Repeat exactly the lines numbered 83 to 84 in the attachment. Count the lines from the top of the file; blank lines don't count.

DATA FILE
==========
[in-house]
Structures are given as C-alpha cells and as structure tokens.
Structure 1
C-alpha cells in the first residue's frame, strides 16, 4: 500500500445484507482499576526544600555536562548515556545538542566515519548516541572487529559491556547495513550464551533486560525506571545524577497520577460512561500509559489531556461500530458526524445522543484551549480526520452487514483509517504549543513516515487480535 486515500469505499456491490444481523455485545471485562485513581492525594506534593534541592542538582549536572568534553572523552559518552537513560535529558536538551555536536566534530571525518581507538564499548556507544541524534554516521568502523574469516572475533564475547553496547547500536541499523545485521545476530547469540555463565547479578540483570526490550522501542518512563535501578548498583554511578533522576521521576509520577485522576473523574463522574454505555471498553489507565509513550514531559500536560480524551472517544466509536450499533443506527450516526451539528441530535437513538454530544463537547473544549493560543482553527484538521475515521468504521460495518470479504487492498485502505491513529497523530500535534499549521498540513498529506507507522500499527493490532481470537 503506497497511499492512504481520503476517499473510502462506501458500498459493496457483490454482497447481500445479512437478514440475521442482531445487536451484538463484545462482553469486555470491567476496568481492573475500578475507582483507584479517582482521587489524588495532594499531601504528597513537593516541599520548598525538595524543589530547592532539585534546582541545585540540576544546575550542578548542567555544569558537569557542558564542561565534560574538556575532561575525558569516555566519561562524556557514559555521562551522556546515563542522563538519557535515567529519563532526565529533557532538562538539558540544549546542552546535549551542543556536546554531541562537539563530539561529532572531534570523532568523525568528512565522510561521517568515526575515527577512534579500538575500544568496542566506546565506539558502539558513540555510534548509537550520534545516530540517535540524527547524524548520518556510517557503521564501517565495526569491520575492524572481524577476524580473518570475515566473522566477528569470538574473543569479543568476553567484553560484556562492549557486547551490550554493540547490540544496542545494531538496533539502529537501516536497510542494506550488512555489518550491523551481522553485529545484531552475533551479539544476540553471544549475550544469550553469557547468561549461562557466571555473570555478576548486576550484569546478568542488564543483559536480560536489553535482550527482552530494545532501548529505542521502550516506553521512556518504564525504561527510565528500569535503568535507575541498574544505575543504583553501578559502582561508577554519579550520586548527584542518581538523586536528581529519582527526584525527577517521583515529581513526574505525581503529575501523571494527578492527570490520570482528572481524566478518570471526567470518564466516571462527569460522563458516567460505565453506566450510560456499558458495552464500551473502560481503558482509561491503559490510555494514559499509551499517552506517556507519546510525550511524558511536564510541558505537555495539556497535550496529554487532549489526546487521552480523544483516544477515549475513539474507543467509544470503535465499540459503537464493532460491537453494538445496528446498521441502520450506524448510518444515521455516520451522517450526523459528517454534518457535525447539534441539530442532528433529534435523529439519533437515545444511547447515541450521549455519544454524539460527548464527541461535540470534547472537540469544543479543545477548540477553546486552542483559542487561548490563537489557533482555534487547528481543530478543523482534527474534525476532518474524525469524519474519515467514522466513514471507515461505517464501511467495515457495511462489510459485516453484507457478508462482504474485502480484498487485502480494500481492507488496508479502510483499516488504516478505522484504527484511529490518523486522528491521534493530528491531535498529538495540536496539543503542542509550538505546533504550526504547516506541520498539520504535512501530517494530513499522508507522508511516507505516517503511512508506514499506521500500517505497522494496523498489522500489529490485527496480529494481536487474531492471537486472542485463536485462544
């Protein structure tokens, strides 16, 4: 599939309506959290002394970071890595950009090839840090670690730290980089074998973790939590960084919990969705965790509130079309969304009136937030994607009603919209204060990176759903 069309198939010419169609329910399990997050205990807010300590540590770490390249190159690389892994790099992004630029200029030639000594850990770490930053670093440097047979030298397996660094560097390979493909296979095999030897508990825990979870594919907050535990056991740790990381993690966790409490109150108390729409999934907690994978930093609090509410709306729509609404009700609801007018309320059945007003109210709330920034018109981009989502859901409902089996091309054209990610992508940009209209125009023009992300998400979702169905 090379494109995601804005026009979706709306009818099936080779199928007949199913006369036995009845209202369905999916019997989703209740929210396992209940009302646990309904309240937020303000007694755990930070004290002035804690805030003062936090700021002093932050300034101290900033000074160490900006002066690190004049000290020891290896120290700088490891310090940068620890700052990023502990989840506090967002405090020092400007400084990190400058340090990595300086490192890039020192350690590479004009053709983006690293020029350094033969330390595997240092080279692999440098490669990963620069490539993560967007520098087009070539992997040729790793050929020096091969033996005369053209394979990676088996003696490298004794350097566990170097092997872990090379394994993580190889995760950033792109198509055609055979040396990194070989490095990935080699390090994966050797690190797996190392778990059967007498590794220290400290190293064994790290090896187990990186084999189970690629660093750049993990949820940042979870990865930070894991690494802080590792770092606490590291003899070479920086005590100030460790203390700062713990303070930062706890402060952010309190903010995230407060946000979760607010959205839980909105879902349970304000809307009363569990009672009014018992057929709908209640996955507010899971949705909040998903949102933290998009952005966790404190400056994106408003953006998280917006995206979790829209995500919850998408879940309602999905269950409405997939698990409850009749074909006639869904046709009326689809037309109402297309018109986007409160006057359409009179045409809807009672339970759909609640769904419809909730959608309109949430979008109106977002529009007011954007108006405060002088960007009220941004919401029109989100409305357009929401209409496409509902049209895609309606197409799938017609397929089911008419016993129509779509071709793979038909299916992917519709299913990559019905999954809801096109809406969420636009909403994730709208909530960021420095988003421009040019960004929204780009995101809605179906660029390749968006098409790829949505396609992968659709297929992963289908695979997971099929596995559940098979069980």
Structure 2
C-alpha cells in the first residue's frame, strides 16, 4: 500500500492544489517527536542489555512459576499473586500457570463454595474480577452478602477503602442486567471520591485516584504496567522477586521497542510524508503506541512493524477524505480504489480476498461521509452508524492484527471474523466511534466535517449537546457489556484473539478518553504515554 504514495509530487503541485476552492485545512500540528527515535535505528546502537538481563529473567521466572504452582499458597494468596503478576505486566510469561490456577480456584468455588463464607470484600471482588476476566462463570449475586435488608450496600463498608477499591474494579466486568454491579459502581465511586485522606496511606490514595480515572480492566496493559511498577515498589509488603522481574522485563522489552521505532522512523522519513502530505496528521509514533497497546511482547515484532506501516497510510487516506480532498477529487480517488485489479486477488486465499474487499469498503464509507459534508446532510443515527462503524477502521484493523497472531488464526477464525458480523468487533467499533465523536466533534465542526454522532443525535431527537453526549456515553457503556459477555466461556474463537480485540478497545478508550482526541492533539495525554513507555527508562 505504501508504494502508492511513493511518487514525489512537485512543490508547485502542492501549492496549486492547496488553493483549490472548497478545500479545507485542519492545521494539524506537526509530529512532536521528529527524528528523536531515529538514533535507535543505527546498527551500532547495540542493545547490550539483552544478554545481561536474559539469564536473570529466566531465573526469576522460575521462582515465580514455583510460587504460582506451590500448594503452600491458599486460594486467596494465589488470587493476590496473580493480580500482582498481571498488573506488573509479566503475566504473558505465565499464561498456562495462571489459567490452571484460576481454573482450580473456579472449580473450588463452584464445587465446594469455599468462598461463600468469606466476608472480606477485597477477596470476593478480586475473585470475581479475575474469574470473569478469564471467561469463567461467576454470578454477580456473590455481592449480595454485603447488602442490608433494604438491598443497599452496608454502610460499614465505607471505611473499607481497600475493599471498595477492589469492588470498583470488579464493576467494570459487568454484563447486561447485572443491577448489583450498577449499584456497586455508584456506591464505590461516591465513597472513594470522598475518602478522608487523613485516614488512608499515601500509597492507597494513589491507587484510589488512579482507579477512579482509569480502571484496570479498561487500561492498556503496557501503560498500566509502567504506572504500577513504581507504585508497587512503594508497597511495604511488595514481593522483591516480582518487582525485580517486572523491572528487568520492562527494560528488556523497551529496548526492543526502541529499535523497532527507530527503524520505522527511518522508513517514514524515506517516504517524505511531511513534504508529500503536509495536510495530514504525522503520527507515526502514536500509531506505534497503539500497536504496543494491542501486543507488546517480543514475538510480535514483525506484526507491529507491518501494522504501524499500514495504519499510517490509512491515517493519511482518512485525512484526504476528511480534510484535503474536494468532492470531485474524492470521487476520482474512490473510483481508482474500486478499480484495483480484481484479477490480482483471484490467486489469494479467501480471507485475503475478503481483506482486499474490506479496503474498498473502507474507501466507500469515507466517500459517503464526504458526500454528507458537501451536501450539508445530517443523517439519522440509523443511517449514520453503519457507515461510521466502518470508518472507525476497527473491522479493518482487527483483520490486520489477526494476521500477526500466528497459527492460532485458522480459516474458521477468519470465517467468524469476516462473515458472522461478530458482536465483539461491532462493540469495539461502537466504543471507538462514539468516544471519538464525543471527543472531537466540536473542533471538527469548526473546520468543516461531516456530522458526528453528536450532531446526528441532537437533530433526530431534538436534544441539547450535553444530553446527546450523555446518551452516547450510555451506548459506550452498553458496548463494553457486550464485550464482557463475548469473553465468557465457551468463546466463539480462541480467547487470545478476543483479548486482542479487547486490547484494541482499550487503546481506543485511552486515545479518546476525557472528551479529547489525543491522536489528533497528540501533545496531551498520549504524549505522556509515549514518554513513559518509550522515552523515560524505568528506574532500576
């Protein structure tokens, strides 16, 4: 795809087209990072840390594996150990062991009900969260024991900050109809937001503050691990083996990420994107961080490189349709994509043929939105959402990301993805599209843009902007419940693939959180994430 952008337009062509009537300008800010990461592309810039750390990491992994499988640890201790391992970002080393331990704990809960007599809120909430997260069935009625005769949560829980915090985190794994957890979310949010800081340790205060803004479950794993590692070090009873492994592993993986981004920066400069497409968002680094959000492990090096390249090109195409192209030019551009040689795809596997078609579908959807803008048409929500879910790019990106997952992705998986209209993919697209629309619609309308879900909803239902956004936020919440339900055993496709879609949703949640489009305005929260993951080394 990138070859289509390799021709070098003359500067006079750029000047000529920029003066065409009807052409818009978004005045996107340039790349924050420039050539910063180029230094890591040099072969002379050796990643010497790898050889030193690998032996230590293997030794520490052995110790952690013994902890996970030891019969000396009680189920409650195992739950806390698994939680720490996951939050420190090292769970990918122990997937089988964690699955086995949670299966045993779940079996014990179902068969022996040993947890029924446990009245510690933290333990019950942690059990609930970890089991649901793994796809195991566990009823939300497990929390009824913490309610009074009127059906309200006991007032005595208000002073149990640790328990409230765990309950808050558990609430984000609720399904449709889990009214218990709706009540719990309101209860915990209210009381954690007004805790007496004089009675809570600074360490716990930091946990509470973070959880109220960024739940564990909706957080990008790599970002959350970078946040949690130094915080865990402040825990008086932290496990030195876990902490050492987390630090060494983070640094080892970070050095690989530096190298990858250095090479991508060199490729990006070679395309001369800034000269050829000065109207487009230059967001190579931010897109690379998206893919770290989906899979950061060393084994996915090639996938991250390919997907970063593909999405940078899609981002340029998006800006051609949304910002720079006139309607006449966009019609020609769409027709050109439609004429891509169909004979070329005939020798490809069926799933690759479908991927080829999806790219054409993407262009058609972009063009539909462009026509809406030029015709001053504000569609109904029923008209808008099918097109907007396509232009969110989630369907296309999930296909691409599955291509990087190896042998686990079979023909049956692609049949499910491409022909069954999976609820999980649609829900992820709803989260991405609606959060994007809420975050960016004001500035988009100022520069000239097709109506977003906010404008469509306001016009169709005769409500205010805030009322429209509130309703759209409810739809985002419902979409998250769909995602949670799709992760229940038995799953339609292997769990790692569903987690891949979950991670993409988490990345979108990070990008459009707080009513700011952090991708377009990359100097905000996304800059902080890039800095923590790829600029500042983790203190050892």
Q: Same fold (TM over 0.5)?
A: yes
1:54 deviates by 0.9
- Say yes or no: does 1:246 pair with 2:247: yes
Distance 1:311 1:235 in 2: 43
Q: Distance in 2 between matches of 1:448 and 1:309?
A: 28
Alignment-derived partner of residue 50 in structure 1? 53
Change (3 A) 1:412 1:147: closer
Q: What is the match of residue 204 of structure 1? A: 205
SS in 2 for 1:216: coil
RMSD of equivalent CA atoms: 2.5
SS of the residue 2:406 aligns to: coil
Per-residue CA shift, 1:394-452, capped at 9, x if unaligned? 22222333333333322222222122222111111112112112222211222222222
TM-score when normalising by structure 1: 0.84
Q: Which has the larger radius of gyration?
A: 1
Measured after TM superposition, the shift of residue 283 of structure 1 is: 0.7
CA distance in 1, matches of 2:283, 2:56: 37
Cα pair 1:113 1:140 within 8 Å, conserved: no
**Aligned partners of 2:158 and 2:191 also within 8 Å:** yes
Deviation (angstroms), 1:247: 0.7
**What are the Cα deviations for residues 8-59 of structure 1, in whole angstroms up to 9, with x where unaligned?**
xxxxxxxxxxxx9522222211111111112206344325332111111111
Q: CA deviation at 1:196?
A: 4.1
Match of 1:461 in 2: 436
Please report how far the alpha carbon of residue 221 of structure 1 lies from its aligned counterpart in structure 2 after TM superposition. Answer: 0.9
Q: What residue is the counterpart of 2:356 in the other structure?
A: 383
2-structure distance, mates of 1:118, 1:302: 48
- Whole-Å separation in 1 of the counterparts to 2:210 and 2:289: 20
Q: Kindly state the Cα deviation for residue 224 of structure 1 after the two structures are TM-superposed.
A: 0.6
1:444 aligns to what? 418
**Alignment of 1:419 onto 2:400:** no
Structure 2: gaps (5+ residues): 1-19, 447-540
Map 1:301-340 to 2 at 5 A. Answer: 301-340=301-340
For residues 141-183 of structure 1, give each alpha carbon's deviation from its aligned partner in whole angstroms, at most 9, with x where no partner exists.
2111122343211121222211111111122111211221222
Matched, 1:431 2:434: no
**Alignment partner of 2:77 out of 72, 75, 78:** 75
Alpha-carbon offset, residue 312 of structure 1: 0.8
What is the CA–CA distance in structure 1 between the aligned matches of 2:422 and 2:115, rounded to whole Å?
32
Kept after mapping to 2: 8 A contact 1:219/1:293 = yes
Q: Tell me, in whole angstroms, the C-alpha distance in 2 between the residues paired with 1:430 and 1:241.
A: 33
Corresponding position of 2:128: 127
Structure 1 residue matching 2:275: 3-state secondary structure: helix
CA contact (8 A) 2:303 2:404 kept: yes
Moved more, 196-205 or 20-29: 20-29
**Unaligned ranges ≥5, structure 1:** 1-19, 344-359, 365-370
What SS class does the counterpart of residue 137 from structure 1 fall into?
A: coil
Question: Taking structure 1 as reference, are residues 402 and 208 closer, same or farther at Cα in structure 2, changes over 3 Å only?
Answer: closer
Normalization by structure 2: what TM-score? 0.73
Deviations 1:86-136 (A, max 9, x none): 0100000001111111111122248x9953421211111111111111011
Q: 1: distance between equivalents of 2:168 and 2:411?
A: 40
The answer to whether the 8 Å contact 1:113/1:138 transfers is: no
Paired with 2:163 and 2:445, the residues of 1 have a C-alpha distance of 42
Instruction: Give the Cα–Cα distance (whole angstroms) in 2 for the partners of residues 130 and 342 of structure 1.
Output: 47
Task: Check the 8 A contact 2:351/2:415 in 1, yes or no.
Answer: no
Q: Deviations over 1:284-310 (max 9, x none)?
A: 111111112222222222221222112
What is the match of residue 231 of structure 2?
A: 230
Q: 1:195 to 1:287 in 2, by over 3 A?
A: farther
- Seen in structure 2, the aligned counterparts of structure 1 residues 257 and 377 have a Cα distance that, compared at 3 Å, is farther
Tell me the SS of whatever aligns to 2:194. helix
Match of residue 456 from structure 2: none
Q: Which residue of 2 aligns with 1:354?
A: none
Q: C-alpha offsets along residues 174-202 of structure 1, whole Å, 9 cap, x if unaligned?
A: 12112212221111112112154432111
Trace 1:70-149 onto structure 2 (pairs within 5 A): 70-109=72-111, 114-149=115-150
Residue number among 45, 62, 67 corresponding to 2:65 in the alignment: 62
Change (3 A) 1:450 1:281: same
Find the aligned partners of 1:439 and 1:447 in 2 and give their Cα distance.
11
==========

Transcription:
Tell me the SS of whatever aligns to 2:194. helix
Match of residue 456 from structure 2: none